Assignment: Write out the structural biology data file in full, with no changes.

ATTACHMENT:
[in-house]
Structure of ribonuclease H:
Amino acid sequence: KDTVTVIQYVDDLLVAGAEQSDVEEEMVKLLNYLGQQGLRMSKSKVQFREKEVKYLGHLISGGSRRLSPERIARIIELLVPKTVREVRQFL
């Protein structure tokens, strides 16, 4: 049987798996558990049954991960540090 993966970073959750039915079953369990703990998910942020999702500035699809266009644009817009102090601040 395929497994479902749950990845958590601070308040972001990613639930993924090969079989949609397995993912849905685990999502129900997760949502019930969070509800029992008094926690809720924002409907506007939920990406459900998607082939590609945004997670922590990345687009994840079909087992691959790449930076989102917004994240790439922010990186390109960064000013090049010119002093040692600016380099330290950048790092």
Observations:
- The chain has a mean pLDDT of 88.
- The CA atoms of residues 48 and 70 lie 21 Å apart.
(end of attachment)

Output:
[in-house]
Structure of ribonuclease H:
Amino acid sequence: KDTVTVIQYVDDLLVAGAEQSDVEEEMVKLLNYLGQQGLRMSKSKVQFREKEVKYLGHLISGGSRRLSPERIARIIELLVPKTVREVRQFL
């Protein structure tokens, strides 16, 4: 049987798996558990049954991960540090 993966970073959750039915079953369990703990998910942020999702500035699809266009644009817009102090601040 395929497994479902749950990845958590601070308040972001990613639930993924090969079989949609397995993912849905685990999502129900997760949502019930969070509800029992008094926690809720924002409907506007939920990406459900998607082939590609945004997670922590990345687009994840079909087992691959790449930076989102917004994240790439922010990186390109960064000013090049010119002093040692600016380099330290950048790092």
Observations:
- The chain has a mean pLDDT of 88.
- The CA atoms of residues 48 and 70 lie 21 Å apart.